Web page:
Conservation Matters April 2015

The Texas Land, Water and Wildlife Connection

Urban Riparian Symposium brings together riparian professionals

By Sara Carney

Urban Riparian Symposium brings together riparian professionals

Even in cities, amidst the tall buildings, fast cars and busy people, there are still natural resources that need protection — particularly urban riparian areas, according to Nikki Dictson, Texas Water Resources Institute (TWRI) Extension program specialist. These vegetative buffers found along rivers and streams are complex ecosystems that include the land, plants, animals and network of streams within them.

Riparian and natural resource professionals discussed current innovations and issues in riparian restoration and management at the Urban Riparian Symposium Feb. 11-13 in Austin. The symposium was hosted by TWRI, Texas Riparian Association, the city of Austin, Texas Parks and Wildlife Department, Texas A&M Forest Service and Upper Trinity Regional Water District and included more than 55 presentations, 11 posters and three workshops.

Natural resource and water agencies’ staff, river authorities’ staff, policy makers, managers, landscape architects and engineers were among the 213 professionals attending, said Dictson, who organized the symposium. She said having professionals of various backgrounds helped make the event a success.

“Successful riparian projects require expertise from many different disciplines, so our goal was to help bring them all together to collaborate and discuss at one meeting,” Dictson said.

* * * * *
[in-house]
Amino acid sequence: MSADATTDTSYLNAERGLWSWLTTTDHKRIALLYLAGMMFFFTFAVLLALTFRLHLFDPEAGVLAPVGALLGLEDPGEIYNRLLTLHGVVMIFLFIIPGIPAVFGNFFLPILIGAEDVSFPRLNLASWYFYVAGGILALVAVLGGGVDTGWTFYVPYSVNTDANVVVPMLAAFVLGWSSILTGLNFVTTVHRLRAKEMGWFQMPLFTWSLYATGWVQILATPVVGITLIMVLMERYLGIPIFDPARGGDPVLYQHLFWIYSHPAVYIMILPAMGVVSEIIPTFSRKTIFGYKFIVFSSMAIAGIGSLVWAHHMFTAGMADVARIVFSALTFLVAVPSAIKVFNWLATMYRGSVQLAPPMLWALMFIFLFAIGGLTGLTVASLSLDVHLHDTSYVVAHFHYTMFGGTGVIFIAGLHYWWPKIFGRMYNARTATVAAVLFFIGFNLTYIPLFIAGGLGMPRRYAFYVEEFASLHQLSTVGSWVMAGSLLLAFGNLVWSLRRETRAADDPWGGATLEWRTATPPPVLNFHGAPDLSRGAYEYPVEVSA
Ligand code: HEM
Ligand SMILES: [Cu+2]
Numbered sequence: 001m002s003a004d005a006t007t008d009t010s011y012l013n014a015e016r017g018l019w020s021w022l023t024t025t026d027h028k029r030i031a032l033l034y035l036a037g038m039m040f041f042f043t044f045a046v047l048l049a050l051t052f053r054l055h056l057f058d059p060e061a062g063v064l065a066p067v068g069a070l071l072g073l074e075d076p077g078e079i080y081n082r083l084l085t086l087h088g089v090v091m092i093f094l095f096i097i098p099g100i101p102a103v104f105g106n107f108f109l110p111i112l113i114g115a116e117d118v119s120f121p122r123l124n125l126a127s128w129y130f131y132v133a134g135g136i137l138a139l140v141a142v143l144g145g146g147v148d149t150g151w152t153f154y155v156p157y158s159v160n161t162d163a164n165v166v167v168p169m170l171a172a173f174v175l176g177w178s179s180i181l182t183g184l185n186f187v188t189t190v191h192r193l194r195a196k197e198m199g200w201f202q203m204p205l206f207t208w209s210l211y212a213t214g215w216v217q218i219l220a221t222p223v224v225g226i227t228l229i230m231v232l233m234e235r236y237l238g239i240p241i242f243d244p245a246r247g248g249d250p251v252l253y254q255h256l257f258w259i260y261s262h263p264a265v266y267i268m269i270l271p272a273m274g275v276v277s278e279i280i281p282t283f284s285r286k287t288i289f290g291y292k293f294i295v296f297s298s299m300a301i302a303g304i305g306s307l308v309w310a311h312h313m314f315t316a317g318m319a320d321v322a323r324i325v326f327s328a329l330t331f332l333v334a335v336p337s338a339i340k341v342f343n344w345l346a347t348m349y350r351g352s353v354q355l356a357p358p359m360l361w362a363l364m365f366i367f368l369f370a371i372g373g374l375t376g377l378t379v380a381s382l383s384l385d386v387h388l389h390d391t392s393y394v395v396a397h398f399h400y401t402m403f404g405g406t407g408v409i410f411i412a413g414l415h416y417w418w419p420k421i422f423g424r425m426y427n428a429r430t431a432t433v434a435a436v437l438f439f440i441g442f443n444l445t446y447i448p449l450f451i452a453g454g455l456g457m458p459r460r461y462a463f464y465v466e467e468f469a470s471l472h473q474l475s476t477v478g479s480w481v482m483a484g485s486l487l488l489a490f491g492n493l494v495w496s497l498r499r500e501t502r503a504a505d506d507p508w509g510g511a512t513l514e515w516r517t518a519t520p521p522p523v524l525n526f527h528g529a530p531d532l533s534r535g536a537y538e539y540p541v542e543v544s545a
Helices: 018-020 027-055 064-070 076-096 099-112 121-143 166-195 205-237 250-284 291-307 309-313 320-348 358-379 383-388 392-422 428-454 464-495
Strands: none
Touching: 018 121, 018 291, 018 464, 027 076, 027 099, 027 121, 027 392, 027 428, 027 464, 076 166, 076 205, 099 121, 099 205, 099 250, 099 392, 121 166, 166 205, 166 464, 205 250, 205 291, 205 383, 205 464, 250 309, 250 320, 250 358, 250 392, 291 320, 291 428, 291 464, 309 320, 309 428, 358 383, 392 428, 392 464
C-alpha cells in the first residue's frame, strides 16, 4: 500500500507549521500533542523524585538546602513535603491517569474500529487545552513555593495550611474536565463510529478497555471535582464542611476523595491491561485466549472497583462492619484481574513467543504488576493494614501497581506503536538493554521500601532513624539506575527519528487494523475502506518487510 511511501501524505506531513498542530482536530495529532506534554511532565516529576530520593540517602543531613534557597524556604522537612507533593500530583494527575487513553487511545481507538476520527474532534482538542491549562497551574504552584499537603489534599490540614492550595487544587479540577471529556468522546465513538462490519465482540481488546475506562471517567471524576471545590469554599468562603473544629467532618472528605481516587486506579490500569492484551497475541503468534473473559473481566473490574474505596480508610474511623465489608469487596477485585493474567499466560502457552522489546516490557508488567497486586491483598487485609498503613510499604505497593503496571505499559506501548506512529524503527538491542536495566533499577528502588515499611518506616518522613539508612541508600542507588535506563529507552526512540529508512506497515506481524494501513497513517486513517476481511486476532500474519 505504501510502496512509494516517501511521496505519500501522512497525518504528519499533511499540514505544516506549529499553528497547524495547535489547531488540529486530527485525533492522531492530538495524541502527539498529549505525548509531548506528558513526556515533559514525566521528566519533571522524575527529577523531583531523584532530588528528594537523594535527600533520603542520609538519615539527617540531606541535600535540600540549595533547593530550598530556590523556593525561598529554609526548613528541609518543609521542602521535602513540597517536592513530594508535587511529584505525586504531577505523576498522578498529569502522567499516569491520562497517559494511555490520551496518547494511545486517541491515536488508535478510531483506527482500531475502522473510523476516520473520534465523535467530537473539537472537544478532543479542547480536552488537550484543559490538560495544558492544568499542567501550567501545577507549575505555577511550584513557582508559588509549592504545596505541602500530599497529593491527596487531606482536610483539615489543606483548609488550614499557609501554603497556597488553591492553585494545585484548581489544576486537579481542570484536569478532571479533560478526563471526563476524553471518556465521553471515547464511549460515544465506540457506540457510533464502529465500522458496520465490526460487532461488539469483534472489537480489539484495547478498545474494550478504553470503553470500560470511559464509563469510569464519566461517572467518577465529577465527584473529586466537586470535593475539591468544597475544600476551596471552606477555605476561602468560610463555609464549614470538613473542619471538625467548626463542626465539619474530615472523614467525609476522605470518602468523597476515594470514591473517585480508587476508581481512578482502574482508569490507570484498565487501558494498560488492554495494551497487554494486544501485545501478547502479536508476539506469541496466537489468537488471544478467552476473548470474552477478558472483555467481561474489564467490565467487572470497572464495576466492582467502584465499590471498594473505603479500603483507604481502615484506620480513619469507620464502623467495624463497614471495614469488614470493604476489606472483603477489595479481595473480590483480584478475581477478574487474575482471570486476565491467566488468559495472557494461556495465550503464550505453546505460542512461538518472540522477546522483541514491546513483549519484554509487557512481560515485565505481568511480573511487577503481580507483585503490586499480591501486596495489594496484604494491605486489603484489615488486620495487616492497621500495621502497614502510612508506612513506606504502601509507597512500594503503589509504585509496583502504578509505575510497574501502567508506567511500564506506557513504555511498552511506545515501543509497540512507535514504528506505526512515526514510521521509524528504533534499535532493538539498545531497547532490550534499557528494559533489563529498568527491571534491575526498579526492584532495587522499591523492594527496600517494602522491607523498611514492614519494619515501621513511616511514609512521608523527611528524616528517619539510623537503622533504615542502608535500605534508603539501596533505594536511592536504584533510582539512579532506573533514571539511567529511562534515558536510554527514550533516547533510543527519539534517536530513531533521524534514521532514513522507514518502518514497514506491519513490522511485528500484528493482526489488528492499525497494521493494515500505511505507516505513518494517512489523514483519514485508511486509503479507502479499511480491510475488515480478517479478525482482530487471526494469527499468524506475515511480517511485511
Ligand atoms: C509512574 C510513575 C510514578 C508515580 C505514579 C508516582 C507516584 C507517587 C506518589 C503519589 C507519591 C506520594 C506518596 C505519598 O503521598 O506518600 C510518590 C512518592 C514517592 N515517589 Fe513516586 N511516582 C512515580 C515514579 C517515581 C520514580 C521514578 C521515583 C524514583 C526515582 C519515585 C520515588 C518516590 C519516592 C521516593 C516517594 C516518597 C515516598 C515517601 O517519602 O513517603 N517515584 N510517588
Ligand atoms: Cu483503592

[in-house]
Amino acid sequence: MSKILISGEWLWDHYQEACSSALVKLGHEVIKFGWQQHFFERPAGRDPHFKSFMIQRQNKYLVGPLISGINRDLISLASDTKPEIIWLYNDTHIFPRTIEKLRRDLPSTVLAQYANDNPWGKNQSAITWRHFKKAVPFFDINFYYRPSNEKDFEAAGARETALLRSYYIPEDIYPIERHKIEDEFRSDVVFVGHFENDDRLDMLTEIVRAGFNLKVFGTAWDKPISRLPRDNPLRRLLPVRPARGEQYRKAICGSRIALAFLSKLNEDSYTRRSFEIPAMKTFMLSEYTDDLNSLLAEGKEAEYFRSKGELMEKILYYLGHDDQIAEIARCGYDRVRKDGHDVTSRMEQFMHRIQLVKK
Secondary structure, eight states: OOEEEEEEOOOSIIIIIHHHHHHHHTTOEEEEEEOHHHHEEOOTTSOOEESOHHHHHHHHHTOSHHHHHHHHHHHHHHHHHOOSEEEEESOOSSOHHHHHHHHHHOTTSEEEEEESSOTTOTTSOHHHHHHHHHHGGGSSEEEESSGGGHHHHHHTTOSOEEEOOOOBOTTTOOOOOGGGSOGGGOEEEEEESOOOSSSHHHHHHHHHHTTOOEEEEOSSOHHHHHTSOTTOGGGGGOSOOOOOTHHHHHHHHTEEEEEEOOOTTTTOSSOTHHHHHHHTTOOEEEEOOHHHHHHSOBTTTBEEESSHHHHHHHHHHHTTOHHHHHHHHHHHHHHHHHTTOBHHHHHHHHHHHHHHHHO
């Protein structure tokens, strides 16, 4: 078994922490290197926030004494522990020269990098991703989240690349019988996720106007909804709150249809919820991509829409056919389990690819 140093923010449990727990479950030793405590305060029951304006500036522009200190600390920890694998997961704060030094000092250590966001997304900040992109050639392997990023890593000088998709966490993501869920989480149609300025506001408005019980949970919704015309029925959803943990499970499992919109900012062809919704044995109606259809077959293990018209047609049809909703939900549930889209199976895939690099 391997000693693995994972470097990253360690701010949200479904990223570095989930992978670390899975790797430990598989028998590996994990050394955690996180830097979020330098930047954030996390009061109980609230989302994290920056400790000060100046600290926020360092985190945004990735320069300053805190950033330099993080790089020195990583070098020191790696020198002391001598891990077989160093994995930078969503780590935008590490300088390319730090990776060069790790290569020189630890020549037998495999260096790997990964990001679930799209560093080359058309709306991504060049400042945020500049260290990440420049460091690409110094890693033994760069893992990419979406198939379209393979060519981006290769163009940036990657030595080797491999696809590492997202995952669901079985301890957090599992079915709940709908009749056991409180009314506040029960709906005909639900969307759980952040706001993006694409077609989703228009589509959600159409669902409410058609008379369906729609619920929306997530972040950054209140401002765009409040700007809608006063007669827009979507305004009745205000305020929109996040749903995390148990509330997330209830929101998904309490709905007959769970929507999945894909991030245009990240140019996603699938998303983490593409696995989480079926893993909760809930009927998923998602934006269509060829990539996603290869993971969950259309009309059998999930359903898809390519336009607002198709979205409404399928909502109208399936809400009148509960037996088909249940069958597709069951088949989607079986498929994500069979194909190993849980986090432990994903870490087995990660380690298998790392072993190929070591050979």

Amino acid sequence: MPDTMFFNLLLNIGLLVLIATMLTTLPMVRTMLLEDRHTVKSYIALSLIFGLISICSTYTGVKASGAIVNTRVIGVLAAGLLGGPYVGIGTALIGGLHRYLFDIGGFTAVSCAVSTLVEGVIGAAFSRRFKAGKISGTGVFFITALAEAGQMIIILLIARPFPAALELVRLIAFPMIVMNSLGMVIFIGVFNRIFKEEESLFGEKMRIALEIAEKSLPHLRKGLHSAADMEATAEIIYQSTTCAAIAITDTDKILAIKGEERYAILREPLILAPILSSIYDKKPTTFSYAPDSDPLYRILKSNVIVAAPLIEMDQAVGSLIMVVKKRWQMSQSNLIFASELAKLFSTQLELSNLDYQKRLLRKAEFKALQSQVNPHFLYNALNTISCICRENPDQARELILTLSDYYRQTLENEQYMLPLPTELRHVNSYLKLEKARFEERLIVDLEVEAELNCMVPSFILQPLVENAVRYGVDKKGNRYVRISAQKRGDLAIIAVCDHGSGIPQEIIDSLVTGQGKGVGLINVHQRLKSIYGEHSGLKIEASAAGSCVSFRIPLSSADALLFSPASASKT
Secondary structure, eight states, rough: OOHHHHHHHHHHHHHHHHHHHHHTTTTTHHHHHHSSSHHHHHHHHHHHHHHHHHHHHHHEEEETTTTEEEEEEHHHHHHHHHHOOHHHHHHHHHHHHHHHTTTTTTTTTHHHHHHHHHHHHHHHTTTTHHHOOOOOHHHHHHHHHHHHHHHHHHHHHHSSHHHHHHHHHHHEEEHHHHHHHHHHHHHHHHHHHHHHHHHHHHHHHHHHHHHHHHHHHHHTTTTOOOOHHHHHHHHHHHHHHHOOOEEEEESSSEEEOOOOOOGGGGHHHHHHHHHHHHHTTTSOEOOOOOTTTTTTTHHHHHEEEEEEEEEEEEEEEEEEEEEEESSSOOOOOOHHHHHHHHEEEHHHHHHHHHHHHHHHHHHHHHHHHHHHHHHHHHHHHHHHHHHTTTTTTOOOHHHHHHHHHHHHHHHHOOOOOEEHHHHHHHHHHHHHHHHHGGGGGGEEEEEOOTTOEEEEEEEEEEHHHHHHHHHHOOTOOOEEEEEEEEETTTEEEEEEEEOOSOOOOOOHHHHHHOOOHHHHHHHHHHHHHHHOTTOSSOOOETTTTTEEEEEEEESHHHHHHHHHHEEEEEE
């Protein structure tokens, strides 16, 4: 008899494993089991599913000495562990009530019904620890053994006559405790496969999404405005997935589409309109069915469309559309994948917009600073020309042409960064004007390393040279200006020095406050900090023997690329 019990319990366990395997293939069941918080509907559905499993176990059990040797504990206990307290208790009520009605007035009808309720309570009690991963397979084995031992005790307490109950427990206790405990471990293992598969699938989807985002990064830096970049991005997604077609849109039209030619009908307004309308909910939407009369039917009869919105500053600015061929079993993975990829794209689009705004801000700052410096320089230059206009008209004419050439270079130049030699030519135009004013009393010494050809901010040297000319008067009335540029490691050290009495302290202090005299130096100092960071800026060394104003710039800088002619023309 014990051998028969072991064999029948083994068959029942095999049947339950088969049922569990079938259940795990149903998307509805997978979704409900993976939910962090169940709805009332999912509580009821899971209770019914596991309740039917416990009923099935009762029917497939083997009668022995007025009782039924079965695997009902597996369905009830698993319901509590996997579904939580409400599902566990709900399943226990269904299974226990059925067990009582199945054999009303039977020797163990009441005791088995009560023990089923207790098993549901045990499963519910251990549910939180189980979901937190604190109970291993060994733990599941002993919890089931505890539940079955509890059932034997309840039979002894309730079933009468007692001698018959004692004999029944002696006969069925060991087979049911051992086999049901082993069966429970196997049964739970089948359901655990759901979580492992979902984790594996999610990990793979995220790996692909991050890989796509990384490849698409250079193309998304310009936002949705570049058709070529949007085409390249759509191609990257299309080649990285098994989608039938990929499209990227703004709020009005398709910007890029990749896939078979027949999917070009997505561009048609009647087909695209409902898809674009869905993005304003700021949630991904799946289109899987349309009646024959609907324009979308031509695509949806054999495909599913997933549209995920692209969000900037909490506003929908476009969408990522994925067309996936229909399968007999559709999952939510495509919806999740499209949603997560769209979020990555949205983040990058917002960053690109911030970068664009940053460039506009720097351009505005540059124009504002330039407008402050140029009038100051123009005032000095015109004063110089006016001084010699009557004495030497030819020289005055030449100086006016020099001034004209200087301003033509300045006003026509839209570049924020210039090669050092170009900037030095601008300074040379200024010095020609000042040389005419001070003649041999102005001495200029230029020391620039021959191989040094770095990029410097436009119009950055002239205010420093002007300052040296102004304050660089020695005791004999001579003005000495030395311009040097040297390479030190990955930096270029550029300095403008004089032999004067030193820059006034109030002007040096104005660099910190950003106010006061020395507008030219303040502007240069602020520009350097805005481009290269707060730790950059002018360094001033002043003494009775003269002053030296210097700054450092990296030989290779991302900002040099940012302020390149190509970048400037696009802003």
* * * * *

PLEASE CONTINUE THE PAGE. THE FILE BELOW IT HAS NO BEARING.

Keynote speaker Dr. Peter Groffman, a microbial ecologistwith the Cary Institute of Ecosystem Studies, covered the impacts of urbanization on riparian soils and hydrology. Other presenters discussed management of riparian areas, policies associated with protecting riparian areas, outreach and education, restoration projects and case studies, Dictson said.

“We wanted to have interactions and discussions on urban riparian issues that everyone is facing, to discuss how these projects could become more effective, efficient and successful in Texas,” she said.

Dictson said the 30-minute moderated discussion sessions, which occurred after concurrent sessions, led to productive conversations about lessons learned, data gaps, outreach and management strategies. This also led to more networking opportunities and interaction between researchers and practitioners, she said.

In addition to presentations, the symposium also facilitated a poster session, receptions and workshops. The workshops covered grant writing for urban riparian projects, managing riparian restoration in urban areas and managing vegetation in stream restoration projects.

To learn more, visit the Texas Riparian Association website.

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